Linked by Thom Holwerda on Wed 17th Feb 2010 12:29 UTC
Editorial Recently, a story about people mistaking a news story for the Facebook login page has received considerable media attention. It's currently being seen by many as justification for the recent trend in locking people out of their computers for their own protection - but anyone with even basic mathematical skills and a calculator should come to the conclusion that this story has been blown way out of proportion.
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URLs not really universal
by John Bayko on Wed 17th Feb 2010 14:37 UTC
John Bayko
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The location bar in most browsers is also a search box - if you type in facebook, to most people (most of the time) that's the same as typing "", except without all that stupid, useless stuff computer guys like to put in just to make things complicated. Right?

If entering "facebook" on the location bar doesn't take you to the correct location, it's broken, simple as that.

URLs depend on DNS, which is really just another search engine, just one that has internationally agreed-upon rules to guarantee that the result is always correct, but also never intuitive. For normal people, URLs are as meaningless as a dot-notation address, and are therefore not the primary way to identify a site.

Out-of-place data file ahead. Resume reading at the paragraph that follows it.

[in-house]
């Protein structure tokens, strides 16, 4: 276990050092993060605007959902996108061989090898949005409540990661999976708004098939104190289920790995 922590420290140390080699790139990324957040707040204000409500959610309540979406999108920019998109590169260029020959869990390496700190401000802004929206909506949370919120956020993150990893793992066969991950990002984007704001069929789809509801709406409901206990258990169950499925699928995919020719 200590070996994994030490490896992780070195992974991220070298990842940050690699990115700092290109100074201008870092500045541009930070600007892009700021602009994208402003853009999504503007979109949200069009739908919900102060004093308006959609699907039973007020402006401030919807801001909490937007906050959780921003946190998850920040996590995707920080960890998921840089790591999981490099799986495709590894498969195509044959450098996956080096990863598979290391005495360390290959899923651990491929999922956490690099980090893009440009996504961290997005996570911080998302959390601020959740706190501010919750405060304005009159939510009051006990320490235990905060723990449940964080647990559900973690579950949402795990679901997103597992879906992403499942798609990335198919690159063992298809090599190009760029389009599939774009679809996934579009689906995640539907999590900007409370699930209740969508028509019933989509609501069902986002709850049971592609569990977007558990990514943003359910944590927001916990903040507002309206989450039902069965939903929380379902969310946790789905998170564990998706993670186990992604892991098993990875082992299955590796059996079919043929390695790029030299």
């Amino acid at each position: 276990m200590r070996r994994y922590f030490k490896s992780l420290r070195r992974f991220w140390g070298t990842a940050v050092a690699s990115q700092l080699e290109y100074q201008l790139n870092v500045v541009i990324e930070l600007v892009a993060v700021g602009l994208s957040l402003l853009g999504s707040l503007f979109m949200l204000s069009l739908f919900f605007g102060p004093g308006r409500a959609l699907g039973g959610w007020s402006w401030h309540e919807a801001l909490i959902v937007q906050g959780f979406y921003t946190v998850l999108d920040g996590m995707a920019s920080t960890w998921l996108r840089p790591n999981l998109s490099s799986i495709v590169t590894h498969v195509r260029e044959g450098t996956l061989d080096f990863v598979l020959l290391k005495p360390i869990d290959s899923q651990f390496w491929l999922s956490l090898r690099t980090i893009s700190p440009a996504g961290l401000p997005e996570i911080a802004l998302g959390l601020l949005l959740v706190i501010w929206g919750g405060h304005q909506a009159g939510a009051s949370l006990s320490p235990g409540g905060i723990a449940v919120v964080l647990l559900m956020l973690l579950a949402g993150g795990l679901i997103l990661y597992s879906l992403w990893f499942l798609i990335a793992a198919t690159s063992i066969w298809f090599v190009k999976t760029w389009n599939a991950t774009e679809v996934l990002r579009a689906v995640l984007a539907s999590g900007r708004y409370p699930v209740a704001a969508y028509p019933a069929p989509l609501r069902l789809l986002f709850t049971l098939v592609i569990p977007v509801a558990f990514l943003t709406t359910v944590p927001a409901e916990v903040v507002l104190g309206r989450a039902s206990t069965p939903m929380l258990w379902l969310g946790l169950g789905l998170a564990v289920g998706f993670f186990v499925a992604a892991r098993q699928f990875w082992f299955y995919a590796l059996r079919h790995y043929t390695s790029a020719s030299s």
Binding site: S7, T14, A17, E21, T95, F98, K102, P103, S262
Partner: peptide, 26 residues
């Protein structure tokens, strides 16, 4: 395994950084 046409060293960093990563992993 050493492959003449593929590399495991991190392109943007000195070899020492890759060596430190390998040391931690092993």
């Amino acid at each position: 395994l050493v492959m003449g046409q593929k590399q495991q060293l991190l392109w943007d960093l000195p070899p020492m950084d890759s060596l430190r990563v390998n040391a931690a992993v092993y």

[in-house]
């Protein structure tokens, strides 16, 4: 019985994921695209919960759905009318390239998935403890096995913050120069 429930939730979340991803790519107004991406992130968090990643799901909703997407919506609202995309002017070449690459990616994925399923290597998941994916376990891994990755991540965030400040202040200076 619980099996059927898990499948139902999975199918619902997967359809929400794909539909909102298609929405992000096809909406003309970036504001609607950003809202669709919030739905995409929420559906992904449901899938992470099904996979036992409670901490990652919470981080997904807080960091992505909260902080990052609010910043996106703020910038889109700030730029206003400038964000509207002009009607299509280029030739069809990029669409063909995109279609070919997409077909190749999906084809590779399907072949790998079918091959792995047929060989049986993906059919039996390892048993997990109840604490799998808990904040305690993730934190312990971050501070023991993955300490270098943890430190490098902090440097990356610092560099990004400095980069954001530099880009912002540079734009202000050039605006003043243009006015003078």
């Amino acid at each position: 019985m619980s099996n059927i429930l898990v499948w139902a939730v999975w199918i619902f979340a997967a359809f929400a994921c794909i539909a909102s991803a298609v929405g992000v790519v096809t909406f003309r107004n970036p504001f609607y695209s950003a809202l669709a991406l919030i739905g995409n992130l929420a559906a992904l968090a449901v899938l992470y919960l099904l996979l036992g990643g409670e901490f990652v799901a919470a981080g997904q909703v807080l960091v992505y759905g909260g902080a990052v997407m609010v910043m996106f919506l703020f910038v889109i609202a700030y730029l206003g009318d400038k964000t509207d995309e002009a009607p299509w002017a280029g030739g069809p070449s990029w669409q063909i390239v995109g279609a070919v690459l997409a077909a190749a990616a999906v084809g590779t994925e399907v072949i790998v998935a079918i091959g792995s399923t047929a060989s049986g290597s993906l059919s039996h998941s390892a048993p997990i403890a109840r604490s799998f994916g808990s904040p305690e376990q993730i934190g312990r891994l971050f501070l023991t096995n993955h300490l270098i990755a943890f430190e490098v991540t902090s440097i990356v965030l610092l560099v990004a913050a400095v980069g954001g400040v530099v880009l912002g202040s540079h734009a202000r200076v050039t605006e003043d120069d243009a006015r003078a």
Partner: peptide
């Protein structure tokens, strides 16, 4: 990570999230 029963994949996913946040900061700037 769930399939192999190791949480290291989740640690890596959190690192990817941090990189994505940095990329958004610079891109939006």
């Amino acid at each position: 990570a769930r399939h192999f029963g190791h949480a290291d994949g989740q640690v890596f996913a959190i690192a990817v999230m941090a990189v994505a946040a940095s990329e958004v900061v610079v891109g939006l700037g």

Software developers have a sort of blindness to that sort of thing - mistaking one arbitrary representation for something's intrinsic identifier - and miss the way normal users think and act. What they want is for the location bar to be a "universal bookmark" list that they use whey a site is not in their own list of bookmarks (or they just prefer to type a name). There is no such web site name list, so search engines are used as a substitute - but there easily could be (as a search sub-category maybe?), and should be because that is really the solution.

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